Thoughts on Radical Candor

I have been really excited about Radical Candor these days. I first came across the concept on International Women’s Day this year, when First Round posted the article,“Thoughts on Gender and Radical Candor.” While Radical Candor is a tool to cultivate better guidance between bosses/managers and team members, to me it boils down to a good communication practice. And with communication being a core value at Elevator Up, it’s something I have been interested in practicing with our team.

Quick Summary

Radical Candor was created from Kim Scott’s (@kimballscott) years of experience in management. It’s goals is to ensure teams get the right kind of guidance in their work. Scott recognized from her own experience as a manager that bosses rarely tell their employees when they are screwing up. She worked to enable bosses to communicate in a way that addresses an issue, but still comes across as encouraging. Radical Candor offers a way to look at providing feedback that challenges an employee directly, yet still shows that you care personally. Scott mapped out a spectrum to gauge it:

The arrow running top to bottom gauges how much you care, or “give a damn” according to Scott. The arrow running left to right gauges your “willingness to piss people off” (since guidance through challenging directly can be difficult for some people to hear.)

“Caring personally makes it much easier to do the next thing you have to do as a good boss, which is being willing to piss people off.” — Kim Scott

Radical Candor lands in the top right quadrant of the graph. What lies in the remaining quadrants?

There is plenty more to read about Radical Candor in the articles here and here. Right now, I’m going to share a few thoughts into why it’s important and how it might help your team.

Why Its Important

For Anyone

I was catching up with a friend recently and naturally, work came up. She was telling me about her unhappiness with her job. She was feeling a lost, not knowing what value she was offering the place. She said that she had been really looking forward to a performance evaluation, hoping that it would give her a boost of motivation, some feedback, or a few goals to work toward. She went in for the meeting and it lasted about three minutes. The supervisor didn’t have any feedback for her. So she prodded — was there anything she could improve upon? Any criticism on her work? Anything she was doing particularly well? Anything?? Nope. My friend left feeling even worse than before, frustrated that there wasn’t any guidance from her supervisor. And now, she’s starting to consider other career opportunities. This is a prime example of why Radical Candor is important. Without good guidance and communication, employees might not feel like their work in meaningful. And when that happens, they are less likely to stay at a company.

In an ideal work environment where Radical Candor is practiced, team members are challenged and empowered to do their best work and improve when it is needed in order to help out the rest of the team. This type of work environment can foster an innovative culture, one in which individuals are not afraid to try new ideas. They know that they might be challenged, but not in a way that shames them or dampens their personal morale.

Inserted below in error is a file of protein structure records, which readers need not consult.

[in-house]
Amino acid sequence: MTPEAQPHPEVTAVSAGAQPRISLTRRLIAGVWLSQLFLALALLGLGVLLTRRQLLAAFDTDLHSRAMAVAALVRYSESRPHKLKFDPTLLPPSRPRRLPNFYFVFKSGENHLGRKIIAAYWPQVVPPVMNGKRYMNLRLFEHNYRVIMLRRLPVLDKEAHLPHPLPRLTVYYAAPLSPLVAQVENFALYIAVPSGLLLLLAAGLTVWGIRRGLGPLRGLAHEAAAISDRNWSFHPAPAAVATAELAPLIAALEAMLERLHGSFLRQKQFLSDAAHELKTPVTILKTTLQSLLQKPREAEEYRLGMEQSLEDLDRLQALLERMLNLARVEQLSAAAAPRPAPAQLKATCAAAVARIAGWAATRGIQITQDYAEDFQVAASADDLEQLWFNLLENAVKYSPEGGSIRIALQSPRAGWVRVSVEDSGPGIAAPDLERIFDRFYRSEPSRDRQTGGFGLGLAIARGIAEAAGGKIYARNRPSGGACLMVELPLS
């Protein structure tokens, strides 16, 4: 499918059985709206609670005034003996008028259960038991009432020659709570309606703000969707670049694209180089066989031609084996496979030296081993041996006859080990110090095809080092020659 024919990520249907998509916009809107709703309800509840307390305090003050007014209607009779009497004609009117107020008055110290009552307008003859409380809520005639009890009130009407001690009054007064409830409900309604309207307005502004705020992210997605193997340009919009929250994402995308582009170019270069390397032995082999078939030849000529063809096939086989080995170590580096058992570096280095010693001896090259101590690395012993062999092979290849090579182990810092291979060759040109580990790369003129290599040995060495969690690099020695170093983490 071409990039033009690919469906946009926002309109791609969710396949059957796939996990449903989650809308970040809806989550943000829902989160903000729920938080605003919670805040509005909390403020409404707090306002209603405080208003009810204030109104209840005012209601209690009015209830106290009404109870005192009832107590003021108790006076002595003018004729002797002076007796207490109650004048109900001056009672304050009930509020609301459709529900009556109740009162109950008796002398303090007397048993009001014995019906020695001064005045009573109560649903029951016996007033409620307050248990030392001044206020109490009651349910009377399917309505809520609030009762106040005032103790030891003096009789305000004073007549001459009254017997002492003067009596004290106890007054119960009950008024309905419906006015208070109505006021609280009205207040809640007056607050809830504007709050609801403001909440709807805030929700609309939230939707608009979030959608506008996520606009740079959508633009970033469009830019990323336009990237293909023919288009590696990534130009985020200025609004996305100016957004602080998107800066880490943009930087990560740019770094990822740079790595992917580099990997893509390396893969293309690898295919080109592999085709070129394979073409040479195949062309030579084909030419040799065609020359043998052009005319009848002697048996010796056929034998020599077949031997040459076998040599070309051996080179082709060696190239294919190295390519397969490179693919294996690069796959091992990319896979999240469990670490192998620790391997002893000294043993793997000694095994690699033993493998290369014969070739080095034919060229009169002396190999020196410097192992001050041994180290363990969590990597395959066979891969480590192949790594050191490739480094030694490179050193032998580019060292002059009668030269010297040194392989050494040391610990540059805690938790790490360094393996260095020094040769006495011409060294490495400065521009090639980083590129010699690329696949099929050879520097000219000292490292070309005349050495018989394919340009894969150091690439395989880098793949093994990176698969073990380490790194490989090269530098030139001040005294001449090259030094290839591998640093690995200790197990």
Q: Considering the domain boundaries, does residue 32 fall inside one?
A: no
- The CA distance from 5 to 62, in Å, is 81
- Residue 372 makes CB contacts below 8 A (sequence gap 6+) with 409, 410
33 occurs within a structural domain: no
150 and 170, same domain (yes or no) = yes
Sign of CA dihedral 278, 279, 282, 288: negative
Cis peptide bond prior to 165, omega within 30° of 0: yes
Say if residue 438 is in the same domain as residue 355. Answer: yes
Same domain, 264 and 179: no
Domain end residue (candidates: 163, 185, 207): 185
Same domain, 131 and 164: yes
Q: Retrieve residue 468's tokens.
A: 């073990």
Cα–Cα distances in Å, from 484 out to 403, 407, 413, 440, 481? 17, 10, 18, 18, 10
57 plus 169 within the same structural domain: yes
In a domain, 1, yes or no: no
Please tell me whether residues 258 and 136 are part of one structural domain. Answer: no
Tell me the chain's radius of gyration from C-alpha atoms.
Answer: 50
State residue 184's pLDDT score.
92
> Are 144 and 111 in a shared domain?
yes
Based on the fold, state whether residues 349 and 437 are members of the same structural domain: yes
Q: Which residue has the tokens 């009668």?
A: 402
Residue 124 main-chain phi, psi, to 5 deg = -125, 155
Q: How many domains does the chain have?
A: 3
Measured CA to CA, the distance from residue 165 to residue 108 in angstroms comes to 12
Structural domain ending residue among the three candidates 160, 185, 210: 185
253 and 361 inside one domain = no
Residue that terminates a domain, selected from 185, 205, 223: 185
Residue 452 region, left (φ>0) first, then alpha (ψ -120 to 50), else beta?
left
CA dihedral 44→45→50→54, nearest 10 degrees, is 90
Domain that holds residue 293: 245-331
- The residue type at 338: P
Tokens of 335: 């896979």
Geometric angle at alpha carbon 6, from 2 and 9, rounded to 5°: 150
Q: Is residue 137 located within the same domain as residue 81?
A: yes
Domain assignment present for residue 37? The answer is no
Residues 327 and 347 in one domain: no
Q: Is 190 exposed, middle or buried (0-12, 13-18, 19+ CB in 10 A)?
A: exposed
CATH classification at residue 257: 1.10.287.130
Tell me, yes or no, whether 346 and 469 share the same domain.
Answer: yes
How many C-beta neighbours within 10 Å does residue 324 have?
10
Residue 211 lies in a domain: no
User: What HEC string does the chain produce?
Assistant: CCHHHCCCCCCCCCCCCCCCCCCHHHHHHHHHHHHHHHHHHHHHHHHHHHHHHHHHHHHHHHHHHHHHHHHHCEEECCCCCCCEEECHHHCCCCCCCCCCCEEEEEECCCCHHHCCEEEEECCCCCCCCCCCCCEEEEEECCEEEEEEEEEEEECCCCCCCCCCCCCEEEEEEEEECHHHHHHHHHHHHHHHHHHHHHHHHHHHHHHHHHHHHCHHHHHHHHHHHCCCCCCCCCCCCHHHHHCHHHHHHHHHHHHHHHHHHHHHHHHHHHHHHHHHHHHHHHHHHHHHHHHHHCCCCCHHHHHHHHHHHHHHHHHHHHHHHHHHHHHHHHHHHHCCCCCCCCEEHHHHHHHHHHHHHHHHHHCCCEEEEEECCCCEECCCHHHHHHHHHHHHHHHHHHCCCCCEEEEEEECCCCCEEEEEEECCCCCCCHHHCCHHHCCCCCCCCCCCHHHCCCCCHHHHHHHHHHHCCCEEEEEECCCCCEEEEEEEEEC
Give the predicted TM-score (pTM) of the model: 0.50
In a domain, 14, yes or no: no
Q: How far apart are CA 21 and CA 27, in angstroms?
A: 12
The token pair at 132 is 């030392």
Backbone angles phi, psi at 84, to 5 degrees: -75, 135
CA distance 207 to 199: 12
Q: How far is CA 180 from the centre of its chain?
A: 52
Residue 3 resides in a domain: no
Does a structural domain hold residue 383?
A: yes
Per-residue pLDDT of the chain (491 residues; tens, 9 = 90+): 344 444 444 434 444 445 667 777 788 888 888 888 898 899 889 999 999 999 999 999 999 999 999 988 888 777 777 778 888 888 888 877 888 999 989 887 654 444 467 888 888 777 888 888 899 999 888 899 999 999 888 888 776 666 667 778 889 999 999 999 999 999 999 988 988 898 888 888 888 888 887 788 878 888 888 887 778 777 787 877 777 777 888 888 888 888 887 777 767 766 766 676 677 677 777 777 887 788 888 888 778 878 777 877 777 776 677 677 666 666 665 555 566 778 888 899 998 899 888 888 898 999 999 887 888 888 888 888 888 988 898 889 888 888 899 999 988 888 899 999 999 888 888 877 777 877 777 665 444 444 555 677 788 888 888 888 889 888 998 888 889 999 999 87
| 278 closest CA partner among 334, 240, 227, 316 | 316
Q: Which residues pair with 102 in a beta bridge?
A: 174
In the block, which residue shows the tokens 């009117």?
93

Another reason Radical Candor is important specifically in the digital product world, is because communicating feedback is a constant in this industry. And not just for when people are screwing up. We’re giving feedback to designers on their drafts, clients on their ideas, developers on their products, and project managers on their processes. Being able to provide feedback in a way that challenges a person, yet also remains encouraging and empowering will motivate people to improve rather than leave them defeated. It could also ensure the success of your team members working together.

For Our Company

We’re a new team after all the hiring we’ve been doing. Learning to communicate candidly and directly with each other will ease any stress about stepping on the toes of someone you just met. We are in a place where we are trying to redistribute roles, removing work from the CEO and giving the team more ownership over their roles and projects. Empowerment is going to be key in making the new team dynamics successful.

As I mentioned earlier, communication is a core value at Elevator Up:

From the EU Handbook: “Be transparent and be visible. It’s about always communicating with all team members about how things are going. Surprises are inevitable, and estimates are often wrong, but managing expectations will keep everyone in the loop and on-board.”

I think Radical Candor relates to our core value because it encourages transparency, openness, and management of expectations within a team. Communication practice will be important while we learn to work together, and while new employees adjust to a new work environment.

Give this a bit more of your time and see what it does for your team. And if you’re geeking out as much as I am, the Radical Candor team has a growing body of resources at radicalcandor.com including a section where you can ask for advice. The Radical Candor team puts a lot of thought into their responses too, so its worth it!)

Happy reading,

~ Tori, Studio Manager at Elevator Up